The front end of the helmet 1 is connected to the front end of the yoke 2 by latches (one shown) indicated generally at 26 on each side of the assembly. Each latch 26 is defined by a retractable spring loaded pin 27 extending outwardly from the bottom side of the helmet 1 through a hole 28 in the front end of the collar 12. It will be appreciated that other forms of latches can be used to secure the front end of the helmet 1 to the yoke 2.

If the driver's head is permitted to move violently forward, with respect to the body, injuries can and often do occur. With the protector of the present invention, the head and neck of the driver cannot move a substantial distance relative to the body, and the risk of injury is reduced. During a collision, the driver's head will contact the front, rear and/or sides of the foam liner 8.

The protector of FIGS. 7 to 9 is essentially the same as that of FIGS. 1 to 6, and accordingly wherever possible the same reference numerals are used to identify the same or similar elements.

Referring to FIGS. 7 to 9, the second embodiment of the head and neck protector includes a helmet and a yoke indicated generally at 30 and 31, respectively. The helmet 30 is similar in shape to a conventional off-the-shelf racing car driver's helmet, except that it is larger than the head of a driver, i.e. when in use, there is space between the driver's head and the liner. Thus, the helmet 30 includes a shell 3 with an eye port 4 covered by a visor 5 which can be rotated around pins 6 (one shown) between open and closed positions. A liner 8 formed of foam or another suitable resilient material is provided in the shell 3.

The yoke 31 includes a pair of arcuate, generally horizontal sides 10 for resting on the shoulders of a driver. Pads 11 are provided on the bottom of each of the sides 10. A generally U-shaped, neck protecting collar 33 extends upwardly from and interconnects the rear ends 34 of the sides 10. The inner surface 35 of the collar 33 can be padded for comfort. There also can be a slight clearance between the collar 33 and the neck of a wearer to permit free movement of the neck and head in the protector.

The top end of the collar 33 is defined by a helmet support 37 of generally L-shaped cross section. The helmet support 37 extends outwardly and upwardly from the upper end of the collar 33. A recess 38 in a horizontal ledge portion 39 of the support 37 receives the bottom rear end of the helmet 30. For such purpose, the helmet support 37 includes an arcuate skirt 41 having the same shape as the rear bottom end of the helmet 30. Holes 42 (FIG. 9) near the front ends of the skirt 41 receive off-the-shelf quarter turn clamps 44 (one shown) for releasably locking the helmet 30 to the yoke 31. The stems or shafts of the clamps 44 extending through the holes (not shown) in the helmet 30 align with the holes 42 in the skirt 41 when the helmet is placed on the yoke 31. Of course, additional latch means can be provided at the rear of the helmet as is the case with the helmet and yoke of FIGS. 1 to 6. Moreover, the quarter turn clamps 44 can replace the spring pins 27 in the protector of FIGS. 1 to 6.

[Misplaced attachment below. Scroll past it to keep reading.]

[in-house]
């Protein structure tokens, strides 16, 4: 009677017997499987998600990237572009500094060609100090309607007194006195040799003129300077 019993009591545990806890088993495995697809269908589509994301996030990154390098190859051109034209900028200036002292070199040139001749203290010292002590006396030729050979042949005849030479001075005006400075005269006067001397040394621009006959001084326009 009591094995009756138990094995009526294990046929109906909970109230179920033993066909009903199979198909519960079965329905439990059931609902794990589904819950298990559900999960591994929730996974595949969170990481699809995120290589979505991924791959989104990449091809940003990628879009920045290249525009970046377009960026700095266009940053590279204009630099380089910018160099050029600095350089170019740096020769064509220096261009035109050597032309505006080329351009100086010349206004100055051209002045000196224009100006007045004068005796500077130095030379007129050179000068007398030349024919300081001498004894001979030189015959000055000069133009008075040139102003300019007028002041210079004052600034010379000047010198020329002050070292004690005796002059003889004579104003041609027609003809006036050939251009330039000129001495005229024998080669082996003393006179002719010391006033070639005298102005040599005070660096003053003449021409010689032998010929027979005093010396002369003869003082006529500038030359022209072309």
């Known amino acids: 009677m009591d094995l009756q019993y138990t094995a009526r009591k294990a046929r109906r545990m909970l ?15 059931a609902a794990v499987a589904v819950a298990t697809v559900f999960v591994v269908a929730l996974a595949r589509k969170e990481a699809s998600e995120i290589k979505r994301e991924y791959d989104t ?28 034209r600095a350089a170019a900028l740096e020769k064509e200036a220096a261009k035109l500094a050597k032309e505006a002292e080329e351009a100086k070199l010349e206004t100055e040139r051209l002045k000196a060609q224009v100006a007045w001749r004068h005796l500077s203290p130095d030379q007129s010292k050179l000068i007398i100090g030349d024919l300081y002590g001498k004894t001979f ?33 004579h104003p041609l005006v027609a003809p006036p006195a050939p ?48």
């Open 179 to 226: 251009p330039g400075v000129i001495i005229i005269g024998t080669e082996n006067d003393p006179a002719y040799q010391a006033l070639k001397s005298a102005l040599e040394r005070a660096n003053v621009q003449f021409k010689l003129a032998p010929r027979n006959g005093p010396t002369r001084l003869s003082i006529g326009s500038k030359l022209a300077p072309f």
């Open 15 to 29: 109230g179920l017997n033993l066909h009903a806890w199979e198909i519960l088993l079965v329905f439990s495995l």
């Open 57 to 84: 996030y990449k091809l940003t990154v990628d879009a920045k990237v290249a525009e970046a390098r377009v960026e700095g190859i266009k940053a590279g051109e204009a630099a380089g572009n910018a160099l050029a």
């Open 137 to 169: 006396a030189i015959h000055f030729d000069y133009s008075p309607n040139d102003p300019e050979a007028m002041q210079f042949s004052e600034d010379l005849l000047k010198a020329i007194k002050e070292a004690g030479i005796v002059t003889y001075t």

Important attributes of the protector described above are that:

(a) it is relatively safe in a collision because:

    • head and neck motion is more programmable than with existing systems, i.e., the impact response of the head/neck can be tailored to specific crash environments and not be dependent solely on the energy absorption characteristics of a motorcycle helmet and two attached straps or tethers,
    • it provides improved protection against rotational acceleration loading,
    • it eliminates compressive loading of cervical vertebrae because no component of an impact is transferred to the neck,
    • it allows for the provision of greater penetration resistance,
    • it provides easy emergency access to a driver's airway,
    • it can be removed in an emergency without imposing tensile or bending loads on the neck, and

(b) it is good for driver operations because:

    • the weight of the helmet is moved to the shoulders, reducing G force induced neck fatigue,
    • volitional head motion is quicker and easier when the helmet mass is not supported by the head and neck,
    • ventilation is better, since there is no direct contact between the head and helmet,
    • the peripheral field of view can be improved by using a larger visor, and
    • there are no aerodynamic (lifting, buffeting) effects on the head with better streamlining

Other advantages of the protector include the fact that it makes it easier to wear eyeglasses, a balaclava and communication gear, a single model can fit a range of head sizes and seating positions, and the helmet is easy to put on and remove by the driver or crew.